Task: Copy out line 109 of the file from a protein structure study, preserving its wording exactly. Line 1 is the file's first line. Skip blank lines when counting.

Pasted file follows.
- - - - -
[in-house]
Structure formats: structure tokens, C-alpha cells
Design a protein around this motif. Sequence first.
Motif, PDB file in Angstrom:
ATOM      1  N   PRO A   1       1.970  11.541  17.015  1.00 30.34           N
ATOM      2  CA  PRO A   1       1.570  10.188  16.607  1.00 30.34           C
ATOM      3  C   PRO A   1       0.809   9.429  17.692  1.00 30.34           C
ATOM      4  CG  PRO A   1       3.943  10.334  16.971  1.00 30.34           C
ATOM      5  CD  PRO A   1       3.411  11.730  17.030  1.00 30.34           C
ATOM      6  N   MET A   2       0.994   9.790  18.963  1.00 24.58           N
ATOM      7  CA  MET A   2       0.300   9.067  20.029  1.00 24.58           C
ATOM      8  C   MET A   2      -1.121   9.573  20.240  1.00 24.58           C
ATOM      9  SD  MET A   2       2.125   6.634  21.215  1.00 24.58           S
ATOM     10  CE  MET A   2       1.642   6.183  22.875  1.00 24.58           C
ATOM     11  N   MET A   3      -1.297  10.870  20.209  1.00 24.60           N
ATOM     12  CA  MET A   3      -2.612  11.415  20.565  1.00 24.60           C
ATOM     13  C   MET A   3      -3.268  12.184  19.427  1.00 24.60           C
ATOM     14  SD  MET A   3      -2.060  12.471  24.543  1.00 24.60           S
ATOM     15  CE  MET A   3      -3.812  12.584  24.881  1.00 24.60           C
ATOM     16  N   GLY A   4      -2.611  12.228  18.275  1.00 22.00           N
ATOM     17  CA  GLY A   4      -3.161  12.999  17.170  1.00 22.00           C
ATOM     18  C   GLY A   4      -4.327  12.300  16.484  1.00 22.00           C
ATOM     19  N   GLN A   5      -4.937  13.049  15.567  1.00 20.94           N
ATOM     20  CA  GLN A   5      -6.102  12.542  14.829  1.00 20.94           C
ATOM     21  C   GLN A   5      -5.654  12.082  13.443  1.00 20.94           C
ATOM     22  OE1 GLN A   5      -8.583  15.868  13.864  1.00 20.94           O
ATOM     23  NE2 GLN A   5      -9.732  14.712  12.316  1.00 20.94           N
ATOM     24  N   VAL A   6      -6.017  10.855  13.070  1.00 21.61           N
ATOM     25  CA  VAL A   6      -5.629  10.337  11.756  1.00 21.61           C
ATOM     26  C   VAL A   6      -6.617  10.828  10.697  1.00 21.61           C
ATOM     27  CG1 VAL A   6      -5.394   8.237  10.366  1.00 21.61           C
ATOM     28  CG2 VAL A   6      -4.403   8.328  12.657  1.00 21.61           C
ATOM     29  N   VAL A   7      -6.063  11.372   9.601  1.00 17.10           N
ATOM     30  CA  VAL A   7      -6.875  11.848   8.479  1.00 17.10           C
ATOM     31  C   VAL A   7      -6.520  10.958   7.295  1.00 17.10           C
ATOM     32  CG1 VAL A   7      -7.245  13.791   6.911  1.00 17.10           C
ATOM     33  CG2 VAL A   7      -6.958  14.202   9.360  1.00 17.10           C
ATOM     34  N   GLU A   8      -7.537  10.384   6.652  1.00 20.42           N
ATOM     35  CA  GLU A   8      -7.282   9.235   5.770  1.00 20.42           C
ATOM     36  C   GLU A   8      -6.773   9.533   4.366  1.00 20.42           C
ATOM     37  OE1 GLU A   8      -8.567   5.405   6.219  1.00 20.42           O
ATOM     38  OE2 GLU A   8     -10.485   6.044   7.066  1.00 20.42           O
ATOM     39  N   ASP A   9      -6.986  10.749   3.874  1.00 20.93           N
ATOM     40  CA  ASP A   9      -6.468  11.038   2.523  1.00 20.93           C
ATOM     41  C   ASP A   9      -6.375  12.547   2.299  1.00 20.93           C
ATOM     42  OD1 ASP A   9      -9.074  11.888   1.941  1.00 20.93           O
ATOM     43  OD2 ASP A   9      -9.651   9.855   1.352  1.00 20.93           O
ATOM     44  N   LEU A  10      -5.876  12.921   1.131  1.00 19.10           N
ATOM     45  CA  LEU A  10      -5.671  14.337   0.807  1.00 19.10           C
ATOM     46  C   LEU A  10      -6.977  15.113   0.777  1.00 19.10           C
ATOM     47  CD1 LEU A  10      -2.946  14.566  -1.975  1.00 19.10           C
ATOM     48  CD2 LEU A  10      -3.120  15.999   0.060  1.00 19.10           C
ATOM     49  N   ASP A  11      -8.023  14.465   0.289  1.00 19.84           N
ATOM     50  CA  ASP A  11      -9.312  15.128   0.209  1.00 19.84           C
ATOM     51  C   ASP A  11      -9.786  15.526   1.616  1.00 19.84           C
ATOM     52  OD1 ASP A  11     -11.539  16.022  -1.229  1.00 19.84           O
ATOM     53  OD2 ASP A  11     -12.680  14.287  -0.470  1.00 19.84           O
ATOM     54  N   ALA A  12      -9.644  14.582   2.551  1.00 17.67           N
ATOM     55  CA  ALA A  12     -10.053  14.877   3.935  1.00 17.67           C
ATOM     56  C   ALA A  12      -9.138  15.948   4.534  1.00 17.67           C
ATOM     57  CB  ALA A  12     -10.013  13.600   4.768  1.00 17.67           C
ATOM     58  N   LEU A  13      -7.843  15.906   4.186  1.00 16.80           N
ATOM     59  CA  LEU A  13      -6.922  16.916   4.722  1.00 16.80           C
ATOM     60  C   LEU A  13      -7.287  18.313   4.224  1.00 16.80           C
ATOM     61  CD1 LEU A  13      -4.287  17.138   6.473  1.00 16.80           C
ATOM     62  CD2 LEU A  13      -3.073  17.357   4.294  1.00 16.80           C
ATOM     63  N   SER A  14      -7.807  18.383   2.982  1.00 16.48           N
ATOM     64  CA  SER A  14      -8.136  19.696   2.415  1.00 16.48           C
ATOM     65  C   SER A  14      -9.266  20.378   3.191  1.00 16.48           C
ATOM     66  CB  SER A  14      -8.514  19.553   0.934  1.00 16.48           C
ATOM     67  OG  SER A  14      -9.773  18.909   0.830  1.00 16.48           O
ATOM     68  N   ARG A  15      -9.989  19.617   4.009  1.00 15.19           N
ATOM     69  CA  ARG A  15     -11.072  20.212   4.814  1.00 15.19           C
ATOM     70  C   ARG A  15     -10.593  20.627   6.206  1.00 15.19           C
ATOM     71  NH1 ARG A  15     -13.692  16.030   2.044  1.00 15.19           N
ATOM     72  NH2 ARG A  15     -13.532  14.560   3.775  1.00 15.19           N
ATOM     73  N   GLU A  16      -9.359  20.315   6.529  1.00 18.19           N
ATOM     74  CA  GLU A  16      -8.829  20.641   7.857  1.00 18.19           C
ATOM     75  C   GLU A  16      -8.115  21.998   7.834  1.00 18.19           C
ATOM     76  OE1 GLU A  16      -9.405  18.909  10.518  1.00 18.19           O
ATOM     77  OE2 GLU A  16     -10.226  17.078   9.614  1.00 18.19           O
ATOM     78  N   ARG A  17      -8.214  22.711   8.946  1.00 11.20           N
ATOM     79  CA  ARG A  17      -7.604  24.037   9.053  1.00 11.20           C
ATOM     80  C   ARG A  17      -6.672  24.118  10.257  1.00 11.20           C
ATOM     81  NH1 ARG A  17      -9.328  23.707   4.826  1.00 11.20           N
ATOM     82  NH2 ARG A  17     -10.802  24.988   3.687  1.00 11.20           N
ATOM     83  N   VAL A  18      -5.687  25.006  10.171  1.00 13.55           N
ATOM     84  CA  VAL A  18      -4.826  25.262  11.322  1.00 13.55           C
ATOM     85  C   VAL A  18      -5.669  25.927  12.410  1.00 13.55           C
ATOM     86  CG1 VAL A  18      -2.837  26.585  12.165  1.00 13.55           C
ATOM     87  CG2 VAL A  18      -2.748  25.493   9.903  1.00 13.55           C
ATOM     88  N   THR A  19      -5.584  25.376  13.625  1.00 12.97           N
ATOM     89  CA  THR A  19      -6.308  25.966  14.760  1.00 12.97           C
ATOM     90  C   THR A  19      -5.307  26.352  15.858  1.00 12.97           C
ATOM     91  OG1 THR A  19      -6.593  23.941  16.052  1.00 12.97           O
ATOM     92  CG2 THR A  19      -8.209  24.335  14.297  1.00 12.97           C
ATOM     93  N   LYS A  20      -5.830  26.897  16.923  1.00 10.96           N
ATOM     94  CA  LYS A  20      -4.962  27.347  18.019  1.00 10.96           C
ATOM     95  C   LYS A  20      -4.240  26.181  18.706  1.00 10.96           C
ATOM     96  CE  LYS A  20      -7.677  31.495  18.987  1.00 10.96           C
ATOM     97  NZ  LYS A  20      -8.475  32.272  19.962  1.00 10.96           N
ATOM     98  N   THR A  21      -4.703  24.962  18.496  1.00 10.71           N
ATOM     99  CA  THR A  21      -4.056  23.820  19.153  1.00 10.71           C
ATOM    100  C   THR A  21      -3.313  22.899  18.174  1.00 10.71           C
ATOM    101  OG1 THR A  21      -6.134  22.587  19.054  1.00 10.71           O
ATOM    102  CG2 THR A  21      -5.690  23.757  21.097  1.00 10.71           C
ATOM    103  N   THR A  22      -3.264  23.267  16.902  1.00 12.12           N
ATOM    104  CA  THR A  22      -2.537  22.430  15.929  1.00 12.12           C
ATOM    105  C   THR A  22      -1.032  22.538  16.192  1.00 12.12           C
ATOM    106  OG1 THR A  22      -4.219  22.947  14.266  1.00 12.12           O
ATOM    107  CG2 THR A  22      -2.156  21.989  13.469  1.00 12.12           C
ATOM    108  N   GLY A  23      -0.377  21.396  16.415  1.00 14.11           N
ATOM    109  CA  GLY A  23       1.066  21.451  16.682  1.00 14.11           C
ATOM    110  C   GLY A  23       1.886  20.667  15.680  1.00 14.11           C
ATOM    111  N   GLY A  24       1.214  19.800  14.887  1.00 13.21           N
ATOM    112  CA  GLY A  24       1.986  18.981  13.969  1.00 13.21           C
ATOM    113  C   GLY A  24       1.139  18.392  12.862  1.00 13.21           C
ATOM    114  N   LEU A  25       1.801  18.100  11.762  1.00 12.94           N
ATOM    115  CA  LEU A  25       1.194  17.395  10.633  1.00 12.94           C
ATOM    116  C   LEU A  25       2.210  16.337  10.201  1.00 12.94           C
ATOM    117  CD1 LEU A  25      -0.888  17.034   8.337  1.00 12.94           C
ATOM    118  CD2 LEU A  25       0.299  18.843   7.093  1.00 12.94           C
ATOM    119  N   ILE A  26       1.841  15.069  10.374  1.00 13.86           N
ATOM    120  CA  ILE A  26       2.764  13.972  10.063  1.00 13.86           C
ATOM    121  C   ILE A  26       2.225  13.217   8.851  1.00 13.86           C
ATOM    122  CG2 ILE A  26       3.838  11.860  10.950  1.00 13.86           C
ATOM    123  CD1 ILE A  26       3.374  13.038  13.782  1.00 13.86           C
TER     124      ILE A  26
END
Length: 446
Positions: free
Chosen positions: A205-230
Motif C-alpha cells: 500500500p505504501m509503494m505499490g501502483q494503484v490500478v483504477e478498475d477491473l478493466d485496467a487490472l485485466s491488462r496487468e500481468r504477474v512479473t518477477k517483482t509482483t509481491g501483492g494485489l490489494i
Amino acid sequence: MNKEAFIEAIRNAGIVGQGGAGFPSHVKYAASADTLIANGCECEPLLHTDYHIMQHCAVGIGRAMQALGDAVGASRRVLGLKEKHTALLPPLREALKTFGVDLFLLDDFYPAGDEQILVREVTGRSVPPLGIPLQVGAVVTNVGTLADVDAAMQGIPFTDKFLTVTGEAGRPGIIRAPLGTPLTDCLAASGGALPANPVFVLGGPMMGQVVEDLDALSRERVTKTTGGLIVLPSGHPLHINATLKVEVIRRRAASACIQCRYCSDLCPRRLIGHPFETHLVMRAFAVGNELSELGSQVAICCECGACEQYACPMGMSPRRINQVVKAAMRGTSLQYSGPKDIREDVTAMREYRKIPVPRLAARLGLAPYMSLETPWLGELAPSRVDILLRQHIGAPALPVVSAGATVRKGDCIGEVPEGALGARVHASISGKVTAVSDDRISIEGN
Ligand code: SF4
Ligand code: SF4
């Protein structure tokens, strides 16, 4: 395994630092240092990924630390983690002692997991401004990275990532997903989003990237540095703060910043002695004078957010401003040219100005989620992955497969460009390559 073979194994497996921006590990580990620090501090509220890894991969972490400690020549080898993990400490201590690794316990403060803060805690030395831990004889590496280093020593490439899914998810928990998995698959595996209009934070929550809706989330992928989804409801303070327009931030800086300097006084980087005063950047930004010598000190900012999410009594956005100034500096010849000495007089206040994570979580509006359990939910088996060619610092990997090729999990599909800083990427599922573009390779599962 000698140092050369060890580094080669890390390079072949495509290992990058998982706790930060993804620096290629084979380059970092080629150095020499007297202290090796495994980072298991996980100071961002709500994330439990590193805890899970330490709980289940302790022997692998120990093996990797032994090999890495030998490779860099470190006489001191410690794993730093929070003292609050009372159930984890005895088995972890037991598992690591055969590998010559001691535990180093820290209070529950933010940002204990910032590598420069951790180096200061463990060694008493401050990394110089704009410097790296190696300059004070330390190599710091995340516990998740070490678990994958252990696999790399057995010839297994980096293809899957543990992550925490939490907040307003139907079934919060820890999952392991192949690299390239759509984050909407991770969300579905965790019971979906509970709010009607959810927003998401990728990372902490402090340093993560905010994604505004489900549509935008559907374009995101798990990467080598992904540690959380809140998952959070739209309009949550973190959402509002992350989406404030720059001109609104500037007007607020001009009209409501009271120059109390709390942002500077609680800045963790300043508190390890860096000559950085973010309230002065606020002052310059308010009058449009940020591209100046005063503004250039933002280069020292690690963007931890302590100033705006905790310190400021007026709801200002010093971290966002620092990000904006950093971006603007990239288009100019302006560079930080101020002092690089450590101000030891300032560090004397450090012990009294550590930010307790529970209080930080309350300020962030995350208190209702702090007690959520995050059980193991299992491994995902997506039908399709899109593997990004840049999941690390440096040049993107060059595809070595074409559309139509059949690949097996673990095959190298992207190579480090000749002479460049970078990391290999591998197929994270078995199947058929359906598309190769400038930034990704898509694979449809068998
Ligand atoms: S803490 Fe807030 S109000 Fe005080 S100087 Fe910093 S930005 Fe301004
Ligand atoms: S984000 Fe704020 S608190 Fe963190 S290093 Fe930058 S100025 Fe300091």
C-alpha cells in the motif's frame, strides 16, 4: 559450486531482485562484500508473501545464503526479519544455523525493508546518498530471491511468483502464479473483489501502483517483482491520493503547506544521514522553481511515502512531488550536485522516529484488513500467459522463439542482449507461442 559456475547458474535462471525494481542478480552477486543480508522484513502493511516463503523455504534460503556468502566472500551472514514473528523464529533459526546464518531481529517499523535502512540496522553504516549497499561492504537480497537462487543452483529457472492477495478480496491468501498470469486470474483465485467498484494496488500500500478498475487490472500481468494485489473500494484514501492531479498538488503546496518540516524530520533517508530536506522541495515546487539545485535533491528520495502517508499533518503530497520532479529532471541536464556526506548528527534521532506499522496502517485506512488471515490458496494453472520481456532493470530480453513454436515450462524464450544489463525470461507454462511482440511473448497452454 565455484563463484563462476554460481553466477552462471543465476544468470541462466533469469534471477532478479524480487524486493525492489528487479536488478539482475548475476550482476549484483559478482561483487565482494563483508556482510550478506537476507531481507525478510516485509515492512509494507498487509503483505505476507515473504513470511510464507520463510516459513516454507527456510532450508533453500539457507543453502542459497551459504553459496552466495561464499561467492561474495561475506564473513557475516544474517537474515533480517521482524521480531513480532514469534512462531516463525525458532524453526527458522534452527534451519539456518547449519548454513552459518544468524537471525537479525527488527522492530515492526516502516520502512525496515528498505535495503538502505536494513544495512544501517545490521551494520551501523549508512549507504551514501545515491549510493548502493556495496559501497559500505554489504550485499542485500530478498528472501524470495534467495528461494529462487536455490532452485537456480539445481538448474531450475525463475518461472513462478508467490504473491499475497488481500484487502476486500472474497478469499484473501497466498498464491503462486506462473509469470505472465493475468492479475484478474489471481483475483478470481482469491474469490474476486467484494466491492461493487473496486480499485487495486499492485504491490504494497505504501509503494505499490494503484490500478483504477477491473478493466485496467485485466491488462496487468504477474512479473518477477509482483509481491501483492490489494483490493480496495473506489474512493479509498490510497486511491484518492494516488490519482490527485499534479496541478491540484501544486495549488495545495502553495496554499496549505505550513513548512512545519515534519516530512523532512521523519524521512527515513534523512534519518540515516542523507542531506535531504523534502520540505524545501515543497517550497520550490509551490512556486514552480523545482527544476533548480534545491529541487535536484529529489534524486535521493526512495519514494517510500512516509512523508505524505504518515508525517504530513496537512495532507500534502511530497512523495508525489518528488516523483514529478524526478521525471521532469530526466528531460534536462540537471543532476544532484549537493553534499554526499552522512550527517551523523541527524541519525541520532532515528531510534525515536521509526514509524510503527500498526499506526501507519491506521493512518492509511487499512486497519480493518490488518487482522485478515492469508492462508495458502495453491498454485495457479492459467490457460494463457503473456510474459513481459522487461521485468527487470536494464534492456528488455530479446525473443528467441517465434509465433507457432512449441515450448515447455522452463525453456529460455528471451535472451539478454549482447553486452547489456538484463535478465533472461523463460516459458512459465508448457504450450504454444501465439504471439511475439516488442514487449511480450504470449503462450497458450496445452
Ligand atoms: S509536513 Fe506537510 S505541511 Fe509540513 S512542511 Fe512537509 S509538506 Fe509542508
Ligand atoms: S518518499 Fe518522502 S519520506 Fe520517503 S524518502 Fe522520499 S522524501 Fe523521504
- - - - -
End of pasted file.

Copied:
ATOM    105  C   THR A  22      -1.032  22.538  16.192  1.00 12.12           C